Well then, we want to hear from all of you!
- JH: For me, it’s a trick question almost. The way a lot of these songs were written was just by playing with analog synthesizers, learning subtractive synthesis, and then finding a sound. And I feel like every sound has songs that it wants to write. I found LinnDrum samples that just felt like they worked with a really dark syncopated bass line… it just fits, it just feels right. Timecop1983 and a lot of the instrumental synthwave artists [are an influence], but then they don’t have lyrics and stuff, you know? I was listening to a lot of instrumental synthwave and outrun stuff when I first started writing a lot. There’s definitely Depeche Mode influence and, at times, Joy Division. Somebody like Deftones, even though we’re not in that same genre, have been able to do something that was approachable enough, but so unique that it made this indelible mark on music. I think, as artists, that’s what I want to strive to do… to do something that’s just so in its own vein, but still fits with other things. Like, we can still be at this festival with all of these really amazing bands, but we’re trying to bring it into the future.
- KN: I’m going to go a different route and answer with a time period. So, like the 1977-1983 time period of music, the New Wave stuff. I’m also going to throw in a few modern producers… I feel like there’s little hints of LP and Run The Jewels in what we’re doing, at times when the synths are real thick and we have some great beats and what not. But even groups like LCD Soundsystem; I feel like we have a kindred kind of thing, because of the times and because we grew up and started making music at the same time as all of these bands in the mid-2000s. I like to say that’s like the second wave of post-punk music that came out of New York City, so I feel like stuff like that sneaks its way into the music.
- JH: And I think, for me like, Trent Reznor…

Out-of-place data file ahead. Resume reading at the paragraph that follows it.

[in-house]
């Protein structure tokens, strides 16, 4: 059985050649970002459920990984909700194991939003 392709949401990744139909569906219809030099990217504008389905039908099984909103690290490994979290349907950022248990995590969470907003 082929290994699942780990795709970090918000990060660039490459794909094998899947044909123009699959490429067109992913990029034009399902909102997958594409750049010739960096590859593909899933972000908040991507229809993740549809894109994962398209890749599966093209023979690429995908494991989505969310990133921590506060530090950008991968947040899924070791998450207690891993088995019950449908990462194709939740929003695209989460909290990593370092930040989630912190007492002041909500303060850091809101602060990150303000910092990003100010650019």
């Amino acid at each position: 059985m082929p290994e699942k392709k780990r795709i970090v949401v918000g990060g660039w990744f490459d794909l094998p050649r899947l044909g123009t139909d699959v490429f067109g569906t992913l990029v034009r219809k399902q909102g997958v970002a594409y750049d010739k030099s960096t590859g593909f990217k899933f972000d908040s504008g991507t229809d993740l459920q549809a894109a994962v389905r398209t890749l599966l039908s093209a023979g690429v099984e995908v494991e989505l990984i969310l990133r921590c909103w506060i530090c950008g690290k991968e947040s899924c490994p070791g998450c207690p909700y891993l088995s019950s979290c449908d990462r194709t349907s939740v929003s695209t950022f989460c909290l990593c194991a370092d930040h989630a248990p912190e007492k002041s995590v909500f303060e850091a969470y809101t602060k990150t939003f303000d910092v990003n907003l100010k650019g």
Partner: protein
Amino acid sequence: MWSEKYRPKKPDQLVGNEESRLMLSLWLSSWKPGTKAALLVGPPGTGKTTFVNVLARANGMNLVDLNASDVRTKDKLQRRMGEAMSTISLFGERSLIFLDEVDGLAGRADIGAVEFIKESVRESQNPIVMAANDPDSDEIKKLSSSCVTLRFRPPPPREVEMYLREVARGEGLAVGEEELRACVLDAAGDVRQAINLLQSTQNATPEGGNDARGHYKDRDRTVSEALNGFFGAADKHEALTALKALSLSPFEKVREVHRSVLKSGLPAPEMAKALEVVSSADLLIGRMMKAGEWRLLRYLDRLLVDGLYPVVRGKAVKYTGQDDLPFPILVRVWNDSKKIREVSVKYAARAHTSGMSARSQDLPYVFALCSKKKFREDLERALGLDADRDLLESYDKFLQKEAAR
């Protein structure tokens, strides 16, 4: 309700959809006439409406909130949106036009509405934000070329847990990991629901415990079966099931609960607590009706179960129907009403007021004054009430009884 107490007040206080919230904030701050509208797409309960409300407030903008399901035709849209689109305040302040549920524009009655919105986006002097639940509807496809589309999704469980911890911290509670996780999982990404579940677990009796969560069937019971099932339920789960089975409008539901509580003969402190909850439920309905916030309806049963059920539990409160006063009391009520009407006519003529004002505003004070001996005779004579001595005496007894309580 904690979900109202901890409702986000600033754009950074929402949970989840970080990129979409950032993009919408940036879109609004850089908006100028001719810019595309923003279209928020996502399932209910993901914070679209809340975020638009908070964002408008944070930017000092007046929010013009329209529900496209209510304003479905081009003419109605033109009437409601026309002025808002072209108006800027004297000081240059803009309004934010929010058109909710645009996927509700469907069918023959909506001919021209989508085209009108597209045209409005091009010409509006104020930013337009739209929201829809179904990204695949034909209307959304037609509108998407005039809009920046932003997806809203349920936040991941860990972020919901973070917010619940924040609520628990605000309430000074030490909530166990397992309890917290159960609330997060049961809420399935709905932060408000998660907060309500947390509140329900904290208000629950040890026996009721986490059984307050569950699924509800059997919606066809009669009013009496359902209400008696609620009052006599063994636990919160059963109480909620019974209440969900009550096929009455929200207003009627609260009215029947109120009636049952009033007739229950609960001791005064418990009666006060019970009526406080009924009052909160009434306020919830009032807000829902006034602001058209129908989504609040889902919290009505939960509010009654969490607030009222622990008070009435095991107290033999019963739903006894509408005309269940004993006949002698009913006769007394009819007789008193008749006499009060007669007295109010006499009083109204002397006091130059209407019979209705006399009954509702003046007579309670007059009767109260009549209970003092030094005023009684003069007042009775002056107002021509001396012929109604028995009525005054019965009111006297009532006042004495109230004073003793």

- KN: Yeah!
- JH: Yeah, his story, his life — everything. The way he started working with synths, the story of his sobriety… that’s somebody who, if I can emulate, if I have a hero, it’s Trent Reznor.
- PF: For me, I don’t know if I really think about it too much. I listen to everything, so it’s a little harder to narrow it down to what I’m going for. I watch a lot of local bands that are really good in Austin, so I think that through working at venues and going to venues and watching shows, I see a lot of bands. [If] I like that energy, you know, I want to do that. With the music, yes, I listen to New Wave, I listen to hip hop, metal, all types of shit… but, with this project, I just try to put on the best show I can.
Tell me a little bit more about the creation of and what led to the sound that is ‘Urban Heat’. How did you come together as a trio?
- KN: Lots of years of not being a trio, but seeing each other playing. We were all in different bands and we would play shows together. We would go see each other play —
- PF [to KN]: I mean, we’ve had other projects together, too.
- JH [to PF]: And I’ve played with you!
That’s cool! You were all trading around until you came together…
- KN: Definitely one of those things.
- JH: I had left my last band when my first daughter was born. I didn’t want to stop playing music, so I started getting into synths because it’s something I could do with my headphones in… it wasn’t as loud as guitar. I started with the sample bass production, listening to a lot of synthwave and just started making stuff. Then, I started being like ‘this synthwave would be really dope if there were lyrics over it’ and came up with a collection of songs. I think I pushed Kevin first about wanting to put a show together, but I had originally planned on doing it as a solo thing. Then Kevin was like, ‘I’ll help you play that show, but this isn’t going to be a one-time thing. I’ll do it with you, but we’re going to make this happen, because this is going to be a thing.’ Then… [to KN] did you suggest Pax?